5 Written questions
5 Matching questions
- a A balancing of two opposite or contrasting words, phrases, or clauses.
- b constructing a sentence so the predicate comes before the subject. This creates an emphatic or rhythmic effect.
- c refers to a grammatical or structural similarity between sentences or parts of a sentence.
- d A major character's moment of realization or awareness.
- e The use of a word or phrase that is less direct, but that is also less distasteful or less offensive than another. e.g. "He is at rest" instead of "He is dead."
5 Multiple choice questions
- When the reader is aware of an inconsistency between a fictional or non-fictional character's perception of a situation and the truth of that situation.
- The appearance of truth, actuality, or reality; what seems to be true in fiction.
- The choices in diction, tone, and syntax that a writer makes. In combination they create a work's manner of expression. Style is thought to be conscious and unconscious and may be altered to suit specific occasions. Style is often habitual and evolves over time.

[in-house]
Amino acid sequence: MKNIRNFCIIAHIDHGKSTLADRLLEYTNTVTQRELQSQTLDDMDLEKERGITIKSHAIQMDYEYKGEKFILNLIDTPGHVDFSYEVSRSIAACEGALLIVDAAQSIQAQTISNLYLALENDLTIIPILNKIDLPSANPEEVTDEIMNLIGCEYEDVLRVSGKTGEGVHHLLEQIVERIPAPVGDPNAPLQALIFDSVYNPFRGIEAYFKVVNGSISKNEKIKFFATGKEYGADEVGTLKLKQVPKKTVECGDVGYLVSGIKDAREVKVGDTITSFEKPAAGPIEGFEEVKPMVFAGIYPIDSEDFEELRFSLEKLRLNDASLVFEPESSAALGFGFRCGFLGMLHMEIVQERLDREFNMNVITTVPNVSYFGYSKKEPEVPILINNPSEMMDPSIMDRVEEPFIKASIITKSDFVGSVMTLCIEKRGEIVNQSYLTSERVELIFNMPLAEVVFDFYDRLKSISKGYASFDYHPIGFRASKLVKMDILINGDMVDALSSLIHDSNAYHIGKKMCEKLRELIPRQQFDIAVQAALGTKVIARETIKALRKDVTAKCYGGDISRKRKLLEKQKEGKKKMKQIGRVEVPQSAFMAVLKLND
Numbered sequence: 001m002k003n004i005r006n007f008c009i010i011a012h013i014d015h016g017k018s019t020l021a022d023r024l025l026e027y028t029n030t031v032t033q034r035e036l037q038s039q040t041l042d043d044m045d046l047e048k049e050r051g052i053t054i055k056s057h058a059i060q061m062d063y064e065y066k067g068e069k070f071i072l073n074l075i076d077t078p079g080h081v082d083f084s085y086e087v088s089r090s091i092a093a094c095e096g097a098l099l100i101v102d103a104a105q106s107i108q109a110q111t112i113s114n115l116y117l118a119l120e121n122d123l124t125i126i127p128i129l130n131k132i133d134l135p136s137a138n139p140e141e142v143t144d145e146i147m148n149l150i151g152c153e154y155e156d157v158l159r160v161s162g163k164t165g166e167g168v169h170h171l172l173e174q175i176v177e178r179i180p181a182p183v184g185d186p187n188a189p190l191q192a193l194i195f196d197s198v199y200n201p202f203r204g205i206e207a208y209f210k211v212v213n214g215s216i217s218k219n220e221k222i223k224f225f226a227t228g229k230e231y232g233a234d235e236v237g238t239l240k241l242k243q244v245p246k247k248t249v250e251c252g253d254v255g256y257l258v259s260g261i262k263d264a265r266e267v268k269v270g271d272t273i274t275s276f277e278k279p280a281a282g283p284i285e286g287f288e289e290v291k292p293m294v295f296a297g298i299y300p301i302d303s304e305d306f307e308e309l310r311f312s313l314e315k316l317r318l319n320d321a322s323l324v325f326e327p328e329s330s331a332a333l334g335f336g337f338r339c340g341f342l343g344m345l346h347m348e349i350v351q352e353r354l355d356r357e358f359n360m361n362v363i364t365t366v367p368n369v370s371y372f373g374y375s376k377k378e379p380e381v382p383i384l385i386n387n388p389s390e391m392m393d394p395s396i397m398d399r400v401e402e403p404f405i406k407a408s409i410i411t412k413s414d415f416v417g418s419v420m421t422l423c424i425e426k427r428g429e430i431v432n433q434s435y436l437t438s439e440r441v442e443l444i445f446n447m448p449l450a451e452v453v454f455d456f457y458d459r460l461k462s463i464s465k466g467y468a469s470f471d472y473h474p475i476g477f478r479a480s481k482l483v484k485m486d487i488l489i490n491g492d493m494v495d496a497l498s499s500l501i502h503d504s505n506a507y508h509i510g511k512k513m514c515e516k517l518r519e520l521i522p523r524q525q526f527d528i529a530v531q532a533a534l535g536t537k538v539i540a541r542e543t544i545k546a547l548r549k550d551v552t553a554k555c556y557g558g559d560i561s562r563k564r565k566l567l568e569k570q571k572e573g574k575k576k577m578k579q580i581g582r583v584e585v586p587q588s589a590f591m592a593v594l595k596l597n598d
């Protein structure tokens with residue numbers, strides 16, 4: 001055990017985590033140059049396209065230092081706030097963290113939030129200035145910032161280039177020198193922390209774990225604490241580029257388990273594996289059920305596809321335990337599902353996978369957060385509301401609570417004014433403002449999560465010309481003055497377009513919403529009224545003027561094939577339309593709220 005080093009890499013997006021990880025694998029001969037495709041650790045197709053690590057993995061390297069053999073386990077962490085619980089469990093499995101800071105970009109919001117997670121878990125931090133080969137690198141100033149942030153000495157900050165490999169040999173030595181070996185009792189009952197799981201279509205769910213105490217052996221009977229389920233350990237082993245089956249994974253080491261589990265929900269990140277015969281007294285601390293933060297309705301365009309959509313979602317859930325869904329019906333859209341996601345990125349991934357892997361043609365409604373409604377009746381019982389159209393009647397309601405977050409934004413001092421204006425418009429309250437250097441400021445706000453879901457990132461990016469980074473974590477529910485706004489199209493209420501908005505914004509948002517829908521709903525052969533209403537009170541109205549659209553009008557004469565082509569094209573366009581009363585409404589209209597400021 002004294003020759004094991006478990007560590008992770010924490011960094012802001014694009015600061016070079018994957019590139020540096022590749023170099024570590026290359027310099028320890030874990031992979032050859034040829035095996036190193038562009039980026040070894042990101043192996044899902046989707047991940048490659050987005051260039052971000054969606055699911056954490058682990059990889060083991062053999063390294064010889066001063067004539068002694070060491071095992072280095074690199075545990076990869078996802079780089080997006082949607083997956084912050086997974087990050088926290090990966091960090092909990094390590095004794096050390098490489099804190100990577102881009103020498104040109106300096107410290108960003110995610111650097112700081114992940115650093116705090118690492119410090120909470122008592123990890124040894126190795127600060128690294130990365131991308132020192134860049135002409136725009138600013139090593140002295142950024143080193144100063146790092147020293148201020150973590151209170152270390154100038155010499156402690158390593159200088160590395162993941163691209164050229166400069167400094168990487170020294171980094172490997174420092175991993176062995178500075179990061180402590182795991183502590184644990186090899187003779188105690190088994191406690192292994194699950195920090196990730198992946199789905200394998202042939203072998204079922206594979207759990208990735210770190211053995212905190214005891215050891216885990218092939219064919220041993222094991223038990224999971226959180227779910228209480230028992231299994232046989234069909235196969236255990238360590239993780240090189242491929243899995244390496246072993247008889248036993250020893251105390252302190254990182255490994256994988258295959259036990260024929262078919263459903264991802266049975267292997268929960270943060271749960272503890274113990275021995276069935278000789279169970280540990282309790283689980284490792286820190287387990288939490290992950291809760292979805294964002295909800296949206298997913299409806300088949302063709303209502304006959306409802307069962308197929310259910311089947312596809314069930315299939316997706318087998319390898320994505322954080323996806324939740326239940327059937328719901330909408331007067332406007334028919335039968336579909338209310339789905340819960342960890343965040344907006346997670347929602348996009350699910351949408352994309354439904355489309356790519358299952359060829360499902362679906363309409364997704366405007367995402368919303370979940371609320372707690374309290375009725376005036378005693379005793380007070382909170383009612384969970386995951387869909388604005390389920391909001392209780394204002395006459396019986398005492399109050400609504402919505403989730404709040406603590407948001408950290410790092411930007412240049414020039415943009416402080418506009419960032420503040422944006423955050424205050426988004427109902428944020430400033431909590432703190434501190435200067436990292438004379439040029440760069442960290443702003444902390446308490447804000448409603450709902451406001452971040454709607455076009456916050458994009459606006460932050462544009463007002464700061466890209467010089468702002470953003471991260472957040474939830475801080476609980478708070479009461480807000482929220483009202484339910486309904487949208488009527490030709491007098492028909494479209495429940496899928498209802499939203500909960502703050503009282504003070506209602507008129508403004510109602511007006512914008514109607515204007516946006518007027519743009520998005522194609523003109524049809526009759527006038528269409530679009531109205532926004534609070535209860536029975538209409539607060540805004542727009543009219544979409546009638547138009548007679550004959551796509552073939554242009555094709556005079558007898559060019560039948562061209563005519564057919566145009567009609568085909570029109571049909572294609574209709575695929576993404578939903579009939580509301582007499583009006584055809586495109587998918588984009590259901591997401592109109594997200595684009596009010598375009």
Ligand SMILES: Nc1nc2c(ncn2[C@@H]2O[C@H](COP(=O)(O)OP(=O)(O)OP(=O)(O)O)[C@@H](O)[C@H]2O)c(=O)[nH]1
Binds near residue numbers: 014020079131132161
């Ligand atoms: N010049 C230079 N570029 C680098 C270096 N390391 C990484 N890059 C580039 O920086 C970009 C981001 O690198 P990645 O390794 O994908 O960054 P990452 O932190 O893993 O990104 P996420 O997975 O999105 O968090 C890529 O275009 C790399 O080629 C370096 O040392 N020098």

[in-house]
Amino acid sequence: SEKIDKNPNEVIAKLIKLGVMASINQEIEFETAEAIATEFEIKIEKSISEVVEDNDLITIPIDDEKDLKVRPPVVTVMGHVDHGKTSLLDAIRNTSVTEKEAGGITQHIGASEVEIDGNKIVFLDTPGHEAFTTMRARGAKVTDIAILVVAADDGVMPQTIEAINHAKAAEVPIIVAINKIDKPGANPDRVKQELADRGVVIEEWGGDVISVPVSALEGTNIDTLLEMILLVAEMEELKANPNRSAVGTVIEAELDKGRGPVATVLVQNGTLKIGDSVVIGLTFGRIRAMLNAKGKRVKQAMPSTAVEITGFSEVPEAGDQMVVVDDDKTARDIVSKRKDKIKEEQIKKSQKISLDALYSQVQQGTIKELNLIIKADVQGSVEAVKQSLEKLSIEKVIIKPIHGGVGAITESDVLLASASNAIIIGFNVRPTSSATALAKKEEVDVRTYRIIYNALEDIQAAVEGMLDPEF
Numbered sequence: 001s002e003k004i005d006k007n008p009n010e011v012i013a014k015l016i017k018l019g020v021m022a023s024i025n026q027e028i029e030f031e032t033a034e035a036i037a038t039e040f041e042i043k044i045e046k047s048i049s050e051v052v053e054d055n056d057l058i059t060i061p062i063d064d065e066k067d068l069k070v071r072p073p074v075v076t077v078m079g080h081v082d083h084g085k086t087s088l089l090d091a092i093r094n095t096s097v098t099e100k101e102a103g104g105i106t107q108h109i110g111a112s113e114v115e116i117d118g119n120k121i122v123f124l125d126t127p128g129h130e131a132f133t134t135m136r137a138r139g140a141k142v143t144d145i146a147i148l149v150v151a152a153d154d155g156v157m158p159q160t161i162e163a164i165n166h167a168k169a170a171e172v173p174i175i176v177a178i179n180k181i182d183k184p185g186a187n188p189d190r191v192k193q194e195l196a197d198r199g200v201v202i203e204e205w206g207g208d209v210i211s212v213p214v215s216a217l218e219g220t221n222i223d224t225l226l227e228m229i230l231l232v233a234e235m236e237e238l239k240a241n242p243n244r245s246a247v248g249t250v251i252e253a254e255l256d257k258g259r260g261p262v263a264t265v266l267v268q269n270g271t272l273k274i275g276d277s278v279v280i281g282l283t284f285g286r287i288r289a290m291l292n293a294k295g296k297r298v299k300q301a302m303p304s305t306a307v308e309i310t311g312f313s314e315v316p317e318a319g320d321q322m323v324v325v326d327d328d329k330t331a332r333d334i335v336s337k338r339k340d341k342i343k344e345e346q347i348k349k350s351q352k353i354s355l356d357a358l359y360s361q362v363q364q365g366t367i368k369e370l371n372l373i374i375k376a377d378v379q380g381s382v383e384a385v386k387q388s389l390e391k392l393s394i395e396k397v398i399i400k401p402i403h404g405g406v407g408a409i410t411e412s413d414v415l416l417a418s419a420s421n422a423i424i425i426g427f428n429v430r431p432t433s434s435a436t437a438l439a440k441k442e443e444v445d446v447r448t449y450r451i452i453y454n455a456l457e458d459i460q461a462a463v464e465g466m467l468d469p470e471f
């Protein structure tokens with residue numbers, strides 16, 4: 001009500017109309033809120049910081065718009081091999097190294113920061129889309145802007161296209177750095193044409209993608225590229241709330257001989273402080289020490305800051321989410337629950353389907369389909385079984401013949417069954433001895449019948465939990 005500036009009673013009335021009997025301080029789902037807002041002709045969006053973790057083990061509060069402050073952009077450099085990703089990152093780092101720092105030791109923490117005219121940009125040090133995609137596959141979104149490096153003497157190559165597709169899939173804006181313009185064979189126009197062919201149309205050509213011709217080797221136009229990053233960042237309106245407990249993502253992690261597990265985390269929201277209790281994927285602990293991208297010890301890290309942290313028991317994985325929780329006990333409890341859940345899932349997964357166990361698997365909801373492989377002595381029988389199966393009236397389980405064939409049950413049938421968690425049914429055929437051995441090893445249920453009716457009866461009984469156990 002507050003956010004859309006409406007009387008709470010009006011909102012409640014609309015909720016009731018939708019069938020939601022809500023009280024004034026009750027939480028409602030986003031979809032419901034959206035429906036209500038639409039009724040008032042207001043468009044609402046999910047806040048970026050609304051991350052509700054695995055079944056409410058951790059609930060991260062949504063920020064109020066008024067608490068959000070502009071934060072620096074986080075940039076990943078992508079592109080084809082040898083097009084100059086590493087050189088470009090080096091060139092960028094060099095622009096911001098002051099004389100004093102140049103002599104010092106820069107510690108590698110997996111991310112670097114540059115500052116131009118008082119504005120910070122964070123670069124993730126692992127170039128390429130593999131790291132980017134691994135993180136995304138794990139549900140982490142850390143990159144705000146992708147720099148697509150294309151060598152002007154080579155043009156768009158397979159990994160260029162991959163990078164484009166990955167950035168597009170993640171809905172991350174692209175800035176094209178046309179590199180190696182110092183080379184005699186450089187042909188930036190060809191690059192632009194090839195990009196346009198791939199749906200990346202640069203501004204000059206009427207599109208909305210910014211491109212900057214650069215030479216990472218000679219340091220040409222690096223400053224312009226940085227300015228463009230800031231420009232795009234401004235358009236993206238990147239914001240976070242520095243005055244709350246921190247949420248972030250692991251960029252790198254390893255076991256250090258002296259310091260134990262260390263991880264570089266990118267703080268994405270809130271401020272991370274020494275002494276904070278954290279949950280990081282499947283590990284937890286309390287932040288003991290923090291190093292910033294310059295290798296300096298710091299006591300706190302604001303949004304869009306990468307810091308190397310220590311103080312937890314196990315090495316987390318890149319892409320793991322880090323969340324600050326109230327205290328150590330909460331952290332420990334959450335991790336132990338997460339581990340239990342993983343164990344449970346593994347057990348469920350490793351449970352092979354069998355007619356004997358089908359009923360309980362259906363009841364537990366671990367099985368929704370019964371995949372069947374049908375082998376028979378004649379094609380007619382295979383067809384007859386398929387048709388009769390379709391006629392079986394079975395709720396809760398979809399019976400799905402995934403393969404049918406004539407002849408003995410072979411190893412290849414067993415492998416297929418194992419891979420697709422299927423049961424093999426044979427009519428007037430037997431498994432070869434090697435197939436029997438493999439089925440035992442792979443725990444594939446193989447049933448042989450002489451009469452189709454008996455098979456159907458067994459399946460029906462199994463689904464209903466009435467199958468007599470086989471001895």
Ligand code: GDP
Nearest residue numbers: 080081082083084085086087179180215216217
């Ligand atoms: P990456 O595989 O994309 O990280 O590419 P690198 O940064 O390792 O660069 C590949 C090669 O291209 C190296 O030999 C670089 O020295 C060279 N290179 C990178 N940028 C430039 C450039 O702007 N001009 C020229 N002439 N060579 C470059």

- a turn of fate that leaves the tragic figure destitute
- A writer's attitude toward his or her subject matter revealed through diction, figurative language, and organization of the sentence and global levels.
5 True/False questions
Resolution → The part of the story or drama where all the problems or mysteries of the plot are unraveled.
Non sequitur → a statement that does not follow logically from evidence
Idiom → An expression peculiar to a particular language that means something different from the literal meaning of the words.
False analogy → needless repetition of an idea by using different but equivalent words; a redundancy
Circular reasoning → Reasoning that ends and begins in the same place. No evidence is offered